PROGRAMS:  Pages 19 and 20
EXHIBITS: Page 16   Details are in the 127 page report by the Thinc consultant at this link

TRAFFIC: Page 26  Table II-1   
END of the summary of the Desert Edge online presentation.

  The DDC/Desert Edge donor list cites Museum of the West with a $1,000 "in-kind" contribution and COGS has received e mails of concern. The following has been received from Mike Fox, "
As a city owned facility and consistent with the Management Agreement, on occasion the City utilizes the institution at no cost for City-related purposes. The museum was requested to host a community orientation session on the subject of the conceptual plans for DDC in its theater/auditorium It was a two-hour, City-sponsored box luncheon and discussion event for the community's residents, consultants and others associated with the proposed DDC project..  I hope the aforementiioned response clarifies the reference to the in-kind consideration shown by the owner of the museum, the City of Scottsdale, not in essence the non-profit, operating manager, Scottsdale Museum of the West, Inc."


                OPINIONS:  Citizen organizations, columnist, city council members and others for you to further research.

(1) Protect our Preserve  on Facebook  This large citizen group has collected more than $50K in donations and are on their way to $100K to sue the city if this does not go to a public vote. They have filed a Notice of Claim. Their website outlines their position that this use inside the Preserve is a violation.  One member is hiking all the trails in the Preserve at $20/mile donation collection.  She has logged more than 250 miles to this date and is still stepping out while working fulltime.

(2) NODDC    or   This group provides public copies of documents that create transparency of the DDC contract process and procedures Their website/facebook have one called "12 Outrages" , a flyer. They have also organized supporters for not-in-the-Preserve at city council meetings.

(3) Scottsdale McDowell Sonoran Conservancy  This group began in 1991 and are the stewards of the Preserve They have more than 600 volunteers who patrol and maintain the trails, provide free hikes, school tours, 4th grade outdoor program, McDowell Field Institute since 2010, completed the flora and fauna survey, developed the Junior Citizen Science Festival and won the prestigious 2014 Crescordia Award. They have provided valuable desert research projects as volunteers.

(4) Laurie Roberts, AZ Republic opinion column August 2, 2017

(5)Councilwoman Virginia Korte  [apologies--activation problem try control+click]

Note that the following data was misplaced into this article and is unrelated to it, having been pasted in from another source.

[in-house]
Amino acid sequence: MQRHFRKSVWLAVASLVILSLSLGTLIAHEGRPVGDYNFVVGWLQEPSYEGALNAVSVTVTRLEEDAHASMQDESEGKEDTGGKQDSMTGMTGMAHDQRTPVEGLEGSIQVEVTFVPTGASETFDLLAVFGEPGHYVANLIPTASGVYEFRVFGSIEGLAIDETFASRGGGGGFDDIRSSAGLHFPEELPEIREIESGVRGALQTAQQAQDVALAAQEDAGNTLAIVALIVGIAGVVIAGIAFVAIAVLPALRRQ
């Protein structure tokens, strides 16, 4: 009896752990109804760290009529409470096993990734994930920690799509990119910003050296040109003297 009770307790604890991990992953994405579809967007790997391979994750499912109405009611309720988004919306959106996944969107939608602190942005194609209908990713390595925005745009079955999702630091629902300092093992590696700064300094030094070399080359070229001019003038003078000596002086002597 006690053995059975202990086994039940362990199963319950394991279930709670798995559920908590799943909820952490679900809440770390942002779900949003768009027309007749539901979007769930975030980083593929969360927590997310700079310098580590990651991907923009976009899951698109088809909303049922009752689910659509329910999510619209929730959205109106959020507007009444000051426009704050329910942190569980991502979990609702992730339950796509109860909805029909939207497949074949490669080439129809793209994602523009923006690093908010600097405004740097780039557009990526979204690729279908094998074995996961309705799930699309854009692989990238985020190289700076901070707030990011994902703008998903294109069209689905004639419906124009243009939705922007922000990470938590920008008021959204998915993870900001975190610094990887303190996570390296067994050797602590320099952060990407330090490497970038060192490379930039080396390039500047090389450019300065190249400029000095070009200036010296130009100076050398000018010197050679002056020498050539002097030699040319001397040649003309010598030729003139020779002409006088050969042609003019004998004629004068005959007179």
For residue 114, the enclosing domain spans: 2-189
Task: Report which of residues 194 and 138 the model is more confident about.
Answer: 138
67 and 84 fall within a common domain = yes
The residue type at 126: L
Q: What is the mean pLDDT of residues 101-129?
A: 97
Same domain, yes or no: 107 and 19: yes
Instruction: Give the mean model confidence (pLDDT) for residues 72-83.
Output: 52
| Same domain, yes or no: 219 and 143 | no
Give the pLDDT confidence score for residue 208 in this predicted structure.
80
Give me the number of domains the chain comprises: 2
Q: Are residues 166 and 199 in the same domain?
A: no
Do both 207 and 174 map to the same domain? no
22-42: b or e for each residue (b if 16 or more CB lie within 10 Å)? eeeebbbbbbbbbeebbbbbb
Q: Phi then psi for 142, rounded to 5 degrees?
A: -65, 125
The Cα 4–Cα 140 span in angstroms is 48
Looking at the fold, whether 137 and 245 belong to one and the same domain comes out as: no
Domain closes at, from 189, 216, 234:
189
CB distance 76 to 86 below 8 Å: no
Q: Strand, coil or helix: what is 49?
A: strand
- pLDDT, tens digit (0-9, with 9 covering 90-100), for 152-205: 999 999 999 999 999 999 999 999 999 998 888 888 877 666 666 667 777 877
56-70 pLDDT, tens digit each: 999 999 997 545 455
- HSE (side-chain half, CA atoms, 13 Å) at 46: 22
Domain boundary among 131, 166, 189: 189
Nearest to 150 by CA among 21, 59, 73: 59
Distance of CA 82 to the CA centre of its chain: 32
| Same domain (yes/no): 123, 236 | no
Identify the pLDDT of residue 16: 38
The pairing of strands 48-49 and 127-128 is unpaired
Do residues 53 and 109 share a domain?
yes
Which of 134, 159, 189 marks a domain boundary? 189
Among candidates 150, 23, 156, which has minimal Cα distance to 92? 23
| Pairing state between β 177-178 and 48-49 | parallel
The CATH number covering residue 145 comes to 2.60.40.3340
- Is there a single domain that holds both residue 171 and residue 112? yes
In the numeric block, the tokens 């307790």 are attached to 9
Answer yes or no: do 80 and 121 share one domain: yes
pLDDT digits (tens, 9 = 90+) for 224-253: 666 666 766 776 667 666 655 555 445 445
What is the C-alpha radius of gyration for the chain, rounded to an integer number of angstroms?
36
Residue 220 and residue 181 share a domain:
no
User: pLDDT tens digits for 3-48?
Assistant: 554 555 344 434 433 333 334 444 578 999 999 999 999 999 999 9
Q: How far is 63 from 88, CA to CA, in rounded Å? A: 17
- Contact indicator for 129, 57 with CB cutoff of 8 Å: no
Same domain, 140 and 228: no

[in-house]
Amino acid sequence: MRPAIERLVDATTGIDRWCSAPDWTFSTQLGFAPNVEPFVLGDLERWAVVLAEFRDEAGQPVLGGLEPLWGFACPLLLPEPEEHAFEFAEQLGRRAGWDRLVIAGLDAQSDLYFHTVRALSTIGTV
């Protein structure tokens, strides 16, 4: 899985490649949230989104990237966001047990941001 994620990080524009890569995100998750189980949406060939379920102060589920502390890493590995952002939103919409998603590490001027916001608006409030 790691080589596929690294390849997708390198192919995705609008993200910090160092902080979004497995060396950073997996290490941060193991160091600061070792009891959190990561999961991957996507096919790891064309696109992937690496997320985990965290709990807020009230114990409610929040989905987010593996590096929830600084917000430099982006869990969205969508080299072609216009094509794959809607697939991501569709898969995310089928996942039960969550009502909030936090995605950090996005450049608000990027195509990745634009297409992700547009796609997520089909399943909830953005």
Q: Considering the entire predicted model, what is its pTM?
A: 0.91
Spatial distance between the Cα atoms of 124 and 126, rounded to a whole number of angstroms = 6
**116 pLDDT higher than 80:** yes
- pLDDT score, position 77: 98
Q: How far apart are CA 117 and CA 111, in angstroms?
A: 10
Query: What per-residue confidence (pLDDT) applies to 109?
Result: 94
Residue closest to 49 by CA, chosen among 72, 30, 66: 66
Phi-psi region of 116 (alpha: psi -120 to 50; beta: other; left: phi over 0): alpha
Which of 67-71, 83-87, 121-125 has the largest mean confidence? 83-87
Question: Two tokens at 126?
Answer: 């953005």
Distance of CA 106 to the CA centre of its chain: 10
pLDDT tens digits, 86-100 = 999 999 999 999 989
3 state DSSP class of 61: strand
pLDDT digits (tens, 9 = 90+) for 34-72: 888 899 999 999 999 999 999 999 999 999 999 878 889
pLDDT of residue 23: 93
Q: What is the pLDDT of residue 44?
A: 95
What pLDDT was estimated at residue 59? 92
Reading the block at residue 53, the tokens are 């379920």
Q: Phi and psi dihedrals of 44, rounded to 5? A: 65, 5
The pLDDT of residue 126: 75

(6) Councilwoman Kathy Littlefield 
(7) more opinions in the Scottsdale Independent  then  Search Desert Discovery Center

(8) Public comments received by COGS: Many taxpayers are greatly concerned that (a) it will violate the Preserve Ordinance of no alcohol and no commercial use (b) will change the Preserve to a Park status and further commercial will be allowed by this or future city council majority  (c) be a negative impact on the wildlife and wildlife migrations (d) be a negative impact for noise, light and traffic for area homeowners who have invested in "dark skies" and quiet desert living (e) be a financial burden for operating costs annually in an already strapped city budget. (f) A major opposition on this project is their planned use of Preserve Funds that might betray the voter concept that those collected funds are for trails and Preserve improvements.

COGS COMMENTARY: City Attorney, Bruce
Washburn, states that the city council can do whatever it wants with the Preserve land without a citizen vote.  COGS position  is that a registered voter majority should make the decision to change or not change the Preserve Ordinance/Master Use Plan that allows the city to add the Desert Edge within the boundaries. The DDC LLC has produced an admirable product that could be located elsewhere and serve as a tourist destination attraction.  COGS does not support the use of Preserve Funds for any use other than trail construction and gateway improvements or land acquisitions. Our further preference is to have a Charter Amendment that protects our McDowell Sonoran Preserve from any future city councils. This must go to a citizens' vote.

Thank you for taking your valuable time to read the COGS E-Newsletter and to be an informed resident. Feel free to forward to your HOA neighbors or friends. Our help and support are totally free--might charge you a smile and thank you though.   


Sonnie Kirtley, COGS Chair